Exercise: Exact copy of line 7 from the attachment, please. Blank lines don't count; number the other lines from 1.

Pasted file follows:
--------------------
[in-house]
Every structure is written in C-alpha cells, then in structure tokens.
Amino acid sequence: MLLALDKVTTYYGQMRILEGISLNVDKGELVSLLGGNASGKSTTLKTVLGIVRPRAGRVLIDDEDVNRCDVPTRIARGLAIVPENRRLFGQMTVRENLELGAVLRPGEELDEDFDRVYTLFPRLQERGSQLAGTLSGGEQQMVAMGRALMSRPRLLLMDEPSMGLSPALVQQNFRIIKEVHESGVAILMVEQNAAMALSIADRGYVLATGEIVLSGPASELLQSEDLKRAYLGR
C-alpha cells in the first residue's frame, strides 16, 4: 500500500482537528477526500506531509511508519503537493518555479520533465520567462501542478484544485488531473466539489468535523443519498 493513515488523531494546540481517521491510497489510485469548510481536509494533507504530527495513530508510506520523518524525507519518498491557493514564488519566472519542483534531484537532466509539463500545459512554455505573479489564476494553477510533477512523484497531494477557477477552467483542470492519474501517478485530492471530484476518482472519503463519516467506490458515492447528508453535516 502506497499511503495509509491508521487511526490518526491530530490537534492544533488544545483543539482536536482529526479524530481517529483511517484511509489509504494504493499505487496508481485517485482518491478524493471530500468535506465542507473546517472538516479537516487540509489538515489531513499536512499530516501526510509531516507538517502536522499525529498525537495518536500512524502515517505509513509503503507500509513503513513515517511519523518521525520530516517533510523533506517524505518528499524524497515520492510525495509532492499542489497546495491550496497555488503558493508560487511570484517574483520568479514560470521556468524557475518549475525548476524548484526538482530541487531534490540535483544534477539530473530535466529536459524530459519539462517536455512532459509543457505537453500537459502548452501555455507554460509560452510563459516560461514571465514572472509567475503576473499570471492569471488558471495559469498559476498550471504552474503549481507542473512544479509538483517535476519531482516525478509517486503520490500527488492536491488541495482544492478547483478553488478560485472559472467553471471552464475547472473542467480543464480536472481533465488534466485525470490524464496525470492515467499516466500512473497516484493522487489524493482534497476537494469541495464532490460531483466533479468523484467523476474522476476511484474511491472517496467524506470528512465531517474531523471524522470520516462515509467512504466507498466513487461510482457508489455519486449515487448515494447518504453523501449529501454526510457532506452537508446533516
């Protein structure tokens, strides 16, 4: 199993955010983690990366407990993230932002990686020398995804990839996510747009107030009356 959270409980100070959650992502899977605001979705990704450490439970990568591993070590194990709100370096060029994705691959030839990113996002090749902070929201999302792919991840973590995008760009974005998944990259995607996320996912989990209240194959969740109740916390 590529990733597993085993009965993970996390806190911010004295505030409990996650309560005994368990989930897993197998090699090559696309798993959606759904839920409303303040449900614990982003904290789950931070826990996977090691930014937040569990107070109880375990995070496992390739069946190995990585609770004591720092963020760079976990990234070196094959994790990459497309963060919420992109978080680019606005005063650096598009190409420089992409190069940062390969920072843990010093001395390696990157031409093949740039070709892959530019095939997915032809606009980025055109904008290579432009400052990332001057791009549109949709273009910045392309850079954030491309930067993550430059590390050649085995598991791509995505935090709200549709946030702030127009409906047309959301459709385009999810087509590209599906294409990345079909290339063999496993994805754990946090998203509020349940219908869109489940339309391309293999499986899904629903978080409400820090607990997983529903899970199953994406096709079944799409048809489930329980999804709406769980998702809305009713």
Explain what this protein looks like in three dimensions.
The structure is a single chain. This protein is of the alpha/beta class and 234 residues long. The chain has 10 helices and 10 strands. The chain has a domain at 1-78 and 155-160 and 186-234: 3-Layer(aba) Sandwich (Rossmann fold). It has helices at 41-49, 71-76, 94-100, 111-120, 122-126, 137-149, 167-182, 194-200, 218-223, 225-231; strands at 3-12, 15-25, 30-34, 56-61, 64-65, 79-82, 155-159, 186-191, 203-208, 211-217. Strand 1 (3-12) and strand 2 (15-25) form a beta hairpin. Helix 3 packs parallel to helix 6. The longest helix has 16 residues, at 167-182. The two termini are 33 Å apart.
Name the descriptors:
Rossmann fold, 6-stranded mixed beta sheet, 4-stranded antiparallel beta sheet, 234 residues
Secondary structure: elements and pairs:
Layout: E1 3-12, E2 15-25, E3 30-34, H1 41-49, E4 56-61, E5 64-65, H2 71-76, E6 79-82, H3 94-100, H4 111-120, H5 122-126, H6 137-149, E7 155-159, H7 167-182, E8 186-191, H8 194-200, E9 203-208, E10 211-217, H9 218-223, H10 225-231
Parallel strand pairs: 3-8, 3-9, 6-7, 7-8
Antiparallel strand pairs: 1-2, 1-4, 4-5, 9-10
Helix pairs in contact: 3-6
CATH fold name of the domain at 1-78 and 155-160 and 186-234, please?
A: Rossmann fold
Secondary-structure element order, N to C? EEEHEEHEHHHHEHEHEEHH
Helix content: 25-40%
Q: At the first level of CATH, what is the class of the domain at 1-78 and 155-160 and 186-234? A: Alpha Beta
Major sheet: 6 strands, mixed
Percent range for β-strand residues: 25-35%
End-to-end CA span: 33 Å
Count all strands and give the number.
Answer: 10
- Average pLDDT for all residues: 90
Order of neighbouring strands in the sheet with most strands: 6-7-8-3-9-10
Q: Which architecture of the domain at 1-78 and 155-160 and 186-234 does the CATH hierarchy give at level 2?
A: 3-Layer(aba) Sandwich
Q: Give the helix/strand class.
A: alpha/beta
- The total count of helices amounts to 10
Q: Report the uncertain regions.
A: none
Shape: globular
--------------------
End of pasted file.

The structure is a single chain. This protein is of the alpha/beta class and 234 residues long. The chain has 10 helices and 10 strands. The chain has a domain at 1-78 and 155-160 and 186-234: 3-Layer(aba) Sandwich (Rossmann fold). It has helices at 41-49, 71-76, 94-100, 111-120, 122-126, 137-149, 167-182, 194-200, 218-223, 225-231; strands at 3-12, 15-25, 30-34, 56-61, 64-65, 79-82, 155-159, 186-191, 203-208, 211-217. Strand 1 (3-12) and strand 2 (15-25) form a beta hairpin. Helix 3 packs parallel to helix 6. The longest helix has 16 residues, at 167-182. The two termini are 33 Å apart.